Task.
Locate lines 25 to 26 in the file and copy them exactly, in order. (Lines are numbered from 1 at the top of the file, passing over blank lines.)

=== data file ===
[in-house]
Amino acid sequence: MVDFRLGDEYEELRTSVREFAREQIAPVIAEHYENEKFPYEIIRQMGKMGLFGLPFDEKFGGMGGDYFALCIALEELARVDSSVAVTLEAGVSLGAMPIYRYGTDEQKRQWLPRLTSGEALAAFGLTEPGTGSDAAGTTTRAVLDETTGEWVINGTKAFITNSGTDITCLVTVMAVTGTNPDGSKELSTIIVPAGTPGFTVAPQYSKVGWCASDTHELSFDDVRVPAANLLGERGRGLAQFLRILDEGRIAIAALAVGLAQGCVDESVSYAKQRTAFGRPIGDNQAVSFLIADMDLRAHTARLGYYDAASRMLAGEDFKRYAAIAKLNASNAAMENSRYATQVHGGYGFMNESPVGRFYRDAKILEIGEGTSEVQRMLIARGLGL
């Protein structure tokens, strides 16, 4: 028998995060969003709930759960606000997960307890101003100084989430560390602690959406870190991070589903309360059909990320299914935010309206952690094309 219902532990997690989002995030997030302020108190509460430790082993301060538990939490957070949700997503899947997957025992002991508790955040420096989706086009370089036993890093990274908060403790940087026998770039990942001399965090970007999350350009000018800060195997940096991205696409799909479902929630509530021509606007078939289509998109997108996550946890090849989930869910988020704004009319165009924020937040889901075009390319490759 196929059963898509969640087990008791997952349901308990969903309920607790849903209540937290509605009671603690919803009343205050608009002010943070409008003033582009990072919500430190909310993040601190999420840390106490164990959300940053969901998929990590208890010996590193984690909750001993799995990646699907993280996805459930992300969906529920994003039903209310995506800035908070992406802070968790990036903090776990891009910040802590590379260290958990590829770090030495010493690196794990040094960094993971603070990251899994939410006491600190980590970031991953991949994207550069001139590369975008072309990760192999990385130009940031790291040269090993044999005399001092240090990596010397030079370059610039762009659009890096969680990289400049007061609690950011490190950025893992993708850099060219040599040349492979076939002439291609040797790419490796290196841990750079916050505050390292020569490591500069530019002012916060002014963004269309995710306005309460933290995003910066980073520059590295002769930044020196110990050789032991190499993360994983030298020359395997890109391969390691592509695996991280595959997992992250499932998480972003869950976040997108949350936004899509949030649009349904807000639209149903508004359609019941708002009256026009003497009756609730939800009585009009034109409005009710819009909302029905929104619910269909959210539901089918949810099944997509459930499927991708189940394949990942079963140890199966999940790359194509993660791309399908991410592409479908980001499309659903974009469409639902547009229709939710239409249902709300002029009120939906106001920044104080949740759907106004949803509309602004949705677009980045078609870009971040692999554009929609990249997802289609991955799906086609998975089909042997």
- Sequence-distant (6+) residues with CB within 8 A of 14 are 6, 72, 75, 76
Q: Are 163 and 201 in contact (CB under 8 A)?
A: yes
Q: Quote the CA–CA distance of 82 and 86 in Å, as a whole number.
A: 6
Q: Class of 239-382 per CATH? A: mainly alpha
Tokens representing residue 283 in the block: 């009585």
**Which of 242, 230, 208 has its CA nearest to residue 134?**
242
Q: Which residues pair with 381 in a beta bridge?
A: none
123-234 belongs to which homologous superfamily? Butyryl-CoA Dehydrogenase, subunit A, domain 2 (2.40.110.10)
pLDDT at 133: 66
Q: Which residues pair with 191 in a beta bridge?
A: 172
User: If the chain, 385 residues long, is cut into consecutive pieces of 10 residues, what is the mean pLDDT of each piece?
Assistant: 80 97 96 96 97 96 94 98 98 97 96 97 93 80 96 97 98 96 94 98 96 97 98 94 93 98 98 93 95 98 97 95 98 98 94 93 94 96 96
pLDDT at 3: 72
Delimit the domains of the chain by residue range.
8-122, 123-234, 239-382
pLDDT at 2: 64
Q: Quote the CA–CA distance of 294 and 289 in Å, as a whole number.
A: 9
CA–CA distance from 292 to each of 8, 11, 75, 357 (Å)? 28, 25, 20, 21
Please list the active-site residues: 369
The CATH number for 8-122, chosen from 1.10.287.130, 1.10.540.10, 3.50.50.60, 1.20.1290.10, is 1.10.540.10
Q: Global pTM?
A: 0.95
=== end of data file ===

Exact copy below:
Q: Quote the CA–CA distance of 294 and 289 in Å, as a whole number.
A: 9